Anyway — when I was again confronting an overwhelming amount of material, today, all I had at hand was a cellphone for dealing with an unanticipated photo op that deserved more appropriate equipment. I’ll be better prepared next time, but here is one shot of the knitted tube yesterday’s post includes a drawing of, showing it from the other side.

cuerdale-photo

The full tube is significantly longer than Hawkins’s truncated illustration suggests and it’s misleading to describe the wire as hair fine.

cuerdale-strip

Other photos illustrate several points I intend to make in the post promised above. This is already in gestation and the photos will appear with it.

I obviously knew that I’d be traveling to the British Museum this morning but was doing so for an unrelated bit of loopery — another tale to be told — and was surprised to see material from the Cuerdale Hoard on display. To my greater embarrassment, although I knew that at least some of it was in the museum’s collections, I hadn’t checked beforehand if anything was on exhibit, to say nothing of it jogging a memory of having seen the display on an earlier visit without registering its significance.

Musings

The blogger’s intentions

My name is Cary Karp and I’m by no means a newcomer either to printed or online publication. However, I’ve never blogged before and have adopted the nickname stringbed for the new role. Much of what I’ve published elsewhere has been accounts and analyses of information culled from pre-existing sources and experimental observation. The results were always intended to enhance the understanding of the underlying subject but rarely included any subjective discussion.

There’s a representative bibliography here, of and about my work dating back to the early days of my career. The origins of my blogonym are buried deeply in it and clicking here on stringbed will show a few more autobiographical details. My involvement with loopography is the more recent passion of a retired museologist.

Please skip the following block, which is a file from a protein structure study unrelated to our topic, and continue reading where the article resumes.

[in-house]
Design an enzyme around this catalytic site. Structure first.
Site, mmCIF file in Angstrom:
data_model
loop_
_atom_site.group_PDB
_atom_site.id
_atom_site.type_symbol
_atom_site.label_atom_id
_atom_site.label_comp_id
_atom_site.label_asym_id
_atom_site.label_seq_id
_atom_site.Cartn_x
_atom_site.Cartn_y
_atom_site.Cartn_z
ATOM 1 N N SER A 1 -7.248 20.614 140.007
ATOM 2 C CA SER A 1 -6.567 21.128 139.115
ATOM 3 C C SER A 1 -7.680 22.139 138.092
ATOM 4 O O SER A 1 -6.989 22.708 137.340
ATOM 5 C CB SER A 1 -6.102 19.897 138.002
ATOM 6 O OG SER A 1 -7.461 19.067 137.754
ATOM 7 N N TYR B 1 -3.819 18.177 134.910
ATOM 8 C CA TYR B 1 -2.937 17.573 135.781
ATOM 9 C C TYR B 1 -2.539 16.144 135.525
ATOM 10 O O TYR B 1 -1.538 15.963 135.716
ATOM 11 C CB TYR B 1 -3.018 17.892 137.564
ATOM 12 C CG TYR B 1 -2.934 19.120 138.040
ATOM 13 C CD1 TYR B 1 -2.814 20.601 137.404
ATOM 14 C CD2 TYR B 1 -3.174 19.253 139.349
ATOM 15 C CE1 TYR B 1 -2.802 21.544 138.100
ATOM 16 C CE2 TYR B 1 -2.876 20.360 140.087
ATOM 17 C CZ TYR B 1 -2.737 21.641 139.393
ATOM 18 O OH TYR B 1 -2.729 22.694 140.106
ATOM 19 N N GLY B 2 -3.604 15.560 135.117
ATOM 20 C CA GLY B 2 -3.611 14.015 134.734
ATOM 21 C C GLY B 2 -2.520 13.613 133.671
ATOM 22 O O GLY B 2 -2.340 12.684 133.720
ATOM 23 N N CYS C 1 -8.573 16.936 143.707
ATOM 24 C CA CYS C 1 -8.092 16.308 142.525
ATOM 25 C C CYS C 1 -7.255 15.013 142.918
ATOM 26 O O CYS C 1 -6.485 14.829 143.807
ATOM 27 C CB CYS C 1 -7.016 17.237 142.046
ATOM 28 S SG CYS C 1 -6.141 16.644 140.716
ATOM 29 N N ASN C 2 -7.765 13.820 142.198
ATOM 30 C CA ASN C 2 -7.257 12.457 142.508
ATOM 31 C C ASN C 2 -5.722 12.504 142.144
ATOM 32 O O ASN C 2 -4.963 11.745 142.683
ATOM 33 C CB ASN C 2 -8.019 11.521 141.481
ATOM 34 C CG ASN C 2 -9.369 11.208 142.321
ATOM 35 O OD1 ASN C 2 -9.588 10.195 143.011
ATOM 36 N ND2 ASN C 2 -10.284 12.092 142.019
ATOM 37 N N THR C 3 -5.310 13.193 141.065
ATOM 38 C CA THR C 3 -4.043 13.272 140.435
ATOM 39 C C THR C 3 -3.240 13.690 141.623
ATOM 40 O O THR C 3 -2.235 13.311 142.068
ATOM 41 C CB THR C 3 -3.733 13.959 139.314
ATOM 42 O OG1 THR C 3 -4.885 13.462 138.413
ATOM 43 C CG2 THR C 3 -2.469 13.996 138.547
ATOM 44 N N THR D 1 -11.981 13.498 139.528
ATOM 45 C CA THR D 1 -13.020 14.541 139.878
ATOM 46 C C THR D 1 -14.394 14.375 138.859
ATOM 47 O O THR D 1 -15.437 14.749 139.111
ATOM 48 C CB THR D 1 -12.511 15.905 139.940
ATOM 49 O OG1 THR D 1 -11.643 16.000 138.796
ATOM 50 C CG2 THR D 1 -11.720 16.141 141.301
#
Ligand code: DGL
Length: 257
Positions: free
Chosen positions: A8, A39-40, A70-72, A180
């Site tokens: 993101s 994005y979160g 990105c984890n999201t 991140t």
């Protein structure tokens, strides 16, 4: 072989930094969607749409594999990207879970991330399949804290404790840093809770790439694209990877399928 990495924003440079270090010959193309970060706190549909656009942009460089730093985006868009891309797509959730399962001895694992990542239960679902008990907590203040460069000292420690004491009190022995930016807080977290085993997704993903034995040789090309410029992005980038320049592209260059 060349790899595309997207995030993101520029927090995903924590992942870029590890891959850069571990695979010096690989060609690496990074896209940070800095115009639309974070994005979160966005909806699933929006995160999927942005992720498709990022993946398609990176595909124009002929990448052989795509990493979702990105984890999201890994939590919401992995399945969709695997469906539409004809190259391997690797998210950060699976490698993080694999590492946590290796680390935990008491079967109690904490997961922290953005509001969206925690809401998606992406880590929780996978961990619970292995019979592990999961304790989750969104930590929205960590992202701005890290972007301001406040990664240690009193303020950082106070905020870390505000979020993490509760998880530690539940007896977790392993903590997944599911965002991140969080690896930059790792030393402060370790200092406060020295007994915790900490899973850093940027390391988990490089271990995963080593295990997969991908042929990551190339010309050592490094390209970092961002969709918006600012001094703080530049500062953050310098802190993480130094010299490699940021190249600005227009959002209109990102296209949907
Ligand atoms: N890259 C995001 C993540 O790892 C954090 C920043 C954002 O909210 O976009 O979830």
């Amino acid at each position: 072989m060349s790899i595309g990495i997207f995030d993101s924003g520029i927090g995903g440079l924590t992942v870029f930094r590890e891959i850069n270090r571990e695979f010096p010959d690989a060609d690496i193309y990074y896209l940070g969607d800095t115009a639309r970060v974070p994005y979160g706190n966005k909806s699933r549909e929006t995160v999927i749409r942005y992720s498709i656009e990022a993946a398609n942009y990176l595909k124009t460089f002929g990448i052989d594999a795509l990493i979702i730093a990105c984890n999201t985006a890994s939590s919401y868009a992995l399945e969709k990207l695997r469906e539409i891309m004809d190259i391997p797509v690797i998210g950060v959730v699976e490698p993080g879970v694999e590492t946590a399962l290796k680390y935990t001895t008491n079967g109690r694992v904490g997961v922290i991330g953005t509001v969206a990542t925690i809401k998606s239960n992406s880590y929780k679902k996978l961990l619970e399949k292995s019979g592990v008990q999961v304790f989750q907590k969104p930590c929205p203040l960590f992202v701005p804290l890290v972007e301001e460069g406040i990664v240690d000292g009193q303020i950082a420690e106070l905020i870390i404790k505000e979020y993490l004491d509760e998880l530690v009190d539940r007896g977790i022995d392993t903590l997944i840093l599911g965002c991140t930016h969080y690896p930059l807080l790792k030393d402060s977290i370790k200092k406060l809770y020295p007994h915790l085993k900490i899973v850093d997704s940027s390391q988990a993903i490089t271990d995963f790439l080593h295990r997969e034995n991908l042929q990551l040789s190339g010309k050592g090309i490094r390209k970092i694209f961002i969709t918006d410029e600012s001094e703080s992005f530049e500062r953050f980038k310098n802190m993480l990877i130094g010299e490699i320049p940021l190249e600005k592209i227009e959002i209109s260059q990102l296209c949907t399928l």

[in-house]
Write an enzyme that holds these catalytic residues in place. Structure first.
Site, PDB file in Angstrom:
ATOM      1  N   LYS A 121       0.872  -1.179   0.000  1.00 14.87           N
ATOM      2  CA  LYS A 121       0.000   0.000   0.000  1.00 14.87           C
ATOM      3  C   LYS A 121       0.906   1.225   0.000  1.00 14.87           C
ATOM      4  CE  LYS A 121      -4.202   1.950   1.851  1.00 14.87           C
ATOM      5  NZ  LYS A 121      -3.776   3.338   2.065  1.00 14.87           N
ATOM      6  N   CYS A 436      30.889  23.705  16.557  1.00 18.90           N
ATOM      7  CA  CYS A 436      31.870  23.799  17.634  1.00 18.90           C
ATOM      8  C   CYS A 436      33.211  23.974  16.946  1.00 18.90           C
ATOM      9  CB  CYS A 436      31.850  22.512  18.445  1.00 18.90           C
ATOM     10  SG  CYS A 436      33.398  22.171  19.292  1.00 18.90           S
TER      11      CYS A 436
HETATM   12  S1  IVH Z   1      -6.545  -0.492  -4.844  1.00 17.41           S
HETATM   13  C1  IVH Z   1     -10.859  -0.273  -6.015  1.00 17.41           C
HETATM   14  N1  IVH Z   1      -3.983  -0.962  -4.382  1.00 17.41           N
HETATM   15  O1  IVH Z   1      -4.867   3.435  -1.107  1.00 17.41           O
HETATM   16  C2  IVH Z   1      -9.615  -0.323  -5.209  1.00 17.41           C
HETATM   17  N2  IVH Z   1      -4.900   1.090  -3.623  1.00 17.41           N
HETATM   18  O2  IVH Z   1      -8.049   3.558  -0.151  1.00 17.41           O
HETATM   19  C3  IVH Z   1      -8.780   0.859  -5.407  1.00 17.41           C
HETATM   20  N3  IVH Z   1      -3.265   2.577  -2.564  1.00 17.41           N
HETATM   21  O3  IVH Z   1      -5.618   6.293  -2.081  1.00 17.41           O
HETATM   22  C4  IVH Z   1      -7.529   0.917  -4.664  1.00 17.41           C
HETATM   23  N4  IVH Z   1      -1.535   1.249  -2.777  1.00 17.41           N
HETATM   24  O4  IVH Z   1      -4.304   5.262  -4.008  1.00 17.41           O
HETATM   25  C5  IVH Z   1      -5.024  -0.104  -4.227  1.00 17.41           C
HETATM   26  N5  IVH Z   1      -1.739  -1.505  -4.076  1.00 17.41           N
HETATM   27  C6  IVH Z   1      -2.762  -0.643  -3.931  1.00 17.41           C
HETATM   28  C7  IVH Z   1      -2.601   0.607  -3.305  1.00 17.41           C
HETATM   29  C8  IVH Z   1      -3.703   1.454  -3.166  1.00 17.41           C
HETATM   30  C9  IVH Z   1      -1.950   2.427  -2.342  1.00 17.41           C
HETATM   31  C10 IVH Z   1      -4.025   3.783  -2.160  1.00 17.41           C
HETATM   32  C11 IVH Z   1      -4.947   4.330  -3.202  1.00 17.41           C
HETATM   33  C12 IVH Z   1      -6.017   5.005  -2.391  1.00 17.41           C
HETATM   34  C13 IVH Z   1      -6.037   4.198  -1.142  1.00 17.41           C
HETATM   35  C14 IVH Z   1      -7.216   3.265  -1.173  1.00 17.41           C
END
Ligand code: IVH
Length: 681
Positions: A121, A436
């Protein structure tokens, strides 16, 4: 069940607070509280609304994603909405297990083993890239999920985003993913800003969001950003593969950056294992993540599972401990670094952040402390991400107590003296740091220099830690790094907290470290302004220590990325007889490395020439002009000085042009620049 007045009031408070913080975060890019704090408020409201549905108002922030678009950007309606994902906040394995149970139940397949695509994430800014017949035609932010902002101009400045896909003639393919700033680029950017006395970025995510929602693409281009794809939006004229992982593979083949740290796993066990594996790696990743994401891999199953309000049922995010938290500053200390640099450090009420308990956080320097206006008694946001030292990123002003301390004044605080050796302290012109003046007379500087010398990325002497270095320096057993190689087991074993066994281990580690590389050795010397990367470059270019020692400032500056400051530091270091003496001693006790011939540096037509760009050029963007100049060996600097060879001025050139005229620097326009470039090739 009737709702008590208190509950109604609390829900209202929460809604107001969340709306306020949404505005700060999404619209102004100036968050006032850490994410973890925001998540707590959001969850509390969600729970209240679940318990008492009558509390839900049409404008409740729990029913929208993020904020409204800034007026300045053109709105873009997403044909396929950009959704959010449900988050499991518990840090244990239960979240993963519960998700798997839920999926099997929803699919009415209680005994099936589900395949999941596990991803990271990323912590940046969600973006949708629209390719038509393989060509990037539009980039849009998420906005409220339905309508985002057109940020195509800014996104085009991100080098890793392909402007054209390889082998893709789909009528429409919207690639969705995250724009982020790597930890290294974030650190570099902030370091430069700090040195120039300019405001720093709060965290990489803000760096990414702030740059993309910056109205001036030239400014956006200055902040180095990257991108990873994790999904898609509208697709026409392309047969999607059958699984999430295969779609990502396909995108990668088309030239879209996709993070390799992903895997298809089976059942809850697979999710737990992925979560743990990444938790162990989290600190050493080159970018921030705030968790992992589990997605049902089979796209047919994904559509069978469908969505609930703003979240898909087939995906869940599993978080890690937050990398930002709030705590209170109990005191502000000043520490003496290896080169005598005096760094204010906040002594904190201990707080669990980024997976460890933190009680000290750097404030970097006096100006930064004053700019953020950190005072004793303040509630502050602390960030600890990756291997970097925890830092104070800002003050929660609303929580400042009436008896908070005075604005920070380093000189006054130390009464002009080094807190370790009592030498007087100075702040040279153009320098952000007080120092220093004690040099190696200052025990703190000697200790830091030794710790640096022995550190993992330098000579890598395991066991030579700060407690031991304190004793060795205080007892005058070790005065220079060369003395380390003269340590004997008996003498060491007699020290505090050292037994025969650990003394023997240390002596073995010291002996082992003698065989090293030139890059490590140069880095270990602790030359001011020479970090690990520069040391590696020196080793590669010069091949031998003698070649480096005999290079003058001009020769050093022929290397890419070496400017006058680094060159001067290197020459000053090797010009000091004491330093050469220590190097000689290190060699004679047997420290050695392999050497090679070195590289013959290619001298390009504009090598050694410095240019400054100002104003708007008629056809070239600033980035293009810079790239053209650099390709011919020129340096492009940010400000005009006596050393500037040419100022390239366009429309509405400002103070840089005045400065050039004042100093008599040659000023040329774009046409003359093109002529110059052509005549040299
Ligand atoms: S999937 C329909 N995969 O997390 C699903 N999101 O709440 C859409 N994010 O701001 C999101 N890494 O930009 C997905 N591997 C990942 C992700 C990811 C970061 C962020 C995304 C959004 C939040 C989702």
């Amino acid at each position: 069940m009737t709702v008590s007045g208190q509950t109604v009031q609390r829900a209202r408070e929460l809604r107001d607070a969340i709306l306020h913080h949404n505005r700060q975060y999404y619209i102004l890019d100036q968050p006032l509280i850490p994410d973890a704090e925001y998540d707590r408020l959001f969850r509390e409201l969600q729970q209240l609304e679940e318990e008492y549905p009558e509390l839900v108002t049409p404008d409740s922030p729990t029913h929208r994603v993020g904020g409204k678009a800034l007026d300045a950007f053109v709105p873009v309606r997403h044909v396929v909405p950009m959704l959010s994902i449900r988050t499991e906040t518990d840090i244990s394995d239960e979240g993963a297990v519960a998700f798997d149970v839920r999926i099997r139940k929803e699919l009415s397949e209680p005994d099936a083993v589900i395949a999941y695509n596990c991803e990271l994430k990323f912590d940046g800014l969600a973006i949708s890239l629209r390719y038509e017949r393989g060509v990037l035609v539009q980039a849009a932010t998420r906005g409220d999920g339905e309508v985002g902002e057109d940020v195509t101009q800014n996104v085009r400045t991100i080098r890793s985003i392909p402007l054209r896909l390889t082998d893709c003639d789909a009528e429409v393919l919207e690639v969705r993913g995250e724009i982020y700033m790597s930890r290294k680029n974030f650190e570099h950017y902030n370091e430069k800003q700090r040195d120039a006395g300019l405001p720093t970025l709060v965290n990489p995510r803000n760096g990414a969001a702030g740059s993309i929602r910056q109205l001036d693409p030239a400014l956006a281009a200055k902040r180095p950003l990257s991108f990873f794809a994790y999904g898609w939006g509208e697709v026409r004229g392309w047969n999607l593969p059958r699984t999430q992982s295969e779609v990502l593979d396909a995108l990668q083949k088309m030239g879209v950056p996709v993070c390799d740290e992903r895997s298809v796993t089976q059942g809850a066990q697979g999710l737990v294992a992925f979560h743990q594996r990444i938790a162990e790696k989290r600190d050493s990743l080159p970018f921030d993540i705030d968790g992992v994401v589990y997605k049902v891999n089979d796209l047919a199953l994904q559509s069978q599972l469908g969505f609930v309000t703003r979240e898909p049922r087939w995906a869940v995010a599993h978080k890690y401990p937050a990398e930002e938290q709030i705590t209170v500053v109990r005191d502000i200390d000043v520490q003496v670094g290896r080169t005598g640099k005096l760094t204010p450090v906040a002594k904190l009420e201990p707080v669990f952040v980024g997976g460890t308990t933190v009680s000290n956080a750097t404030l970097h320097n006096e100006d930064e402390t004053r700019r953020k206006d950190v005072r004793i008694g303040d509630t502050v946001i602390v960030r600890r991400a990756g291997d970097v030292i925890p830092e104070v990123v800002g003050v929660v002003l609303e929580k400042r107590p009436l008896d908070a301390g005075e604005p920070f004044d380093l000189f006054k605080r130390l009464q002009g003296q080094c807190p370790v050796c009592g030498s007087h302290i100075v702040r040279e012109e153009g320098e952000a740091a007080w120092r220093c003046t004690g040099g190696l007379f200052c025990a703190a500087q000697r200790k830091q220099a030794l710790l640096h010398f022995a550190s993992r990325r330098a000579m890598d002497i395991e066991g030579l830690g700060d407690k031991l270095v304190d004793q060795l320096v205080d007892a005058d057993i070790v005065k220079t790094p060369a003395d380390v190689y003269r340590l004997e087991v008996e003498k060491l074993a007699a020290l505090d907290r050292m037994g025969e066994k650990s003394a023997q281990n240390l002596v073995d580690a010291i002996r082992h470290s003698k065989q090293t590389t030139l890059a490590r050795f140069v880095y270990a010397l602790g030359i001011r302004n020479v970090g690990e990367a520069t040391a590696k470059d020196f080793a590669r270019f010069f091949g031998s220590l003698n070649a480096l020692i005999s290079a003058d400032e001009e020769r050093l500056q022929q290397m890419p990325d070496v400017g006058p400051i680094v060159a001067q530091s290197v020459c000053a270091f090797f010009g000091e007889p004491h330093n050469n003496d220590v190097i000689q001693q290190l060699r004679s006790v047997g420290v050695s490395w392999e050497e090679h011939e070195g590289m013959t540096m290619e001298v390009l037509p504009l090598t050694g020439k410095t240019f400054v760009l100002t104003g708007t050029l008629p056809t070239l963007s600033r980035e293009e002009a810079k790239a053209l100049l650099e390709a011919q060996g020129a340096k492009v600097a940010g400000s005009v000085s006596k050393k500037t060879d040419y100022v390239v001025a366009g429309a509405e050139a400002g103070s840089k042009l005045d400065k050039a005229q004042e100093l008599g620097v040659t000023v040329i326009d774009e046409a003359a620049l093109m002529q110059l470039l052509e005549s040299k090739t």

Both then and now, I often set aside a portion of the material gathered in a focused study for inclusion in a subsequent publication. Anything left over after its appearance was placed in a growing cache of tidbits waiting for an appropriate context for their presentation. They were useful in the meanwhile nonetheless, typically in conversation with others who had their own stockpiles of pending material, enabling a few more pieces of a mutually interesting puzzle to be put together.

This blog is intended as an additional platform for sharing snippets of information about the history of looped fabric, assembled from sources that are not widely known. I ultimately plan to compile most of them into cohesive research reports. Serializing that process here, both in academic essays and breezier blog posts, will allow me to cover a greater range of detail than would be included in a formal publication — and afford me the luxury of being able to make a conjectural statement or two along the way.

Musings

Welcome to Loopholes!

In 2014, I retired two years ago from a career in the museum sector that had begun over four decades earlier. One of my daily concerns during its first half was describing utilitarian objects in varying degrees of detail both for local catalogs and lengthier publication. A fair amount of effort often went into ferreting out contextual information about an object’s origin and use.

As the technology became available, I was increasingly involved with computerizing the management of museum information and my activity ultimately centered on its dissemination via the digital communication networks. This started in pre-Internet days and had me on the front lines when the museum community began to establish its identity on the new platform.

That was all quite an adventure but I promised myself I’d return to hands-on creative endeavor when my time became fully my own. The choice ultimately fell to needlecraft (a relationship that began in the late 1960s) and I’ve been happily exploring various facets of it ever since. As a recovering museologist, it didn’t prove possible to devote my effort solely to honing manual skills. I’ve maintained a parallel interest in investigating the historical details of whatever craft I’m currently involved with.

This interest has been focused for quite a while on various techniques based on looping — hence the name of this blog. Its purpose is to share information I’ve come across about the associated crafts along the way, and to raise questions that may be worth further investigation.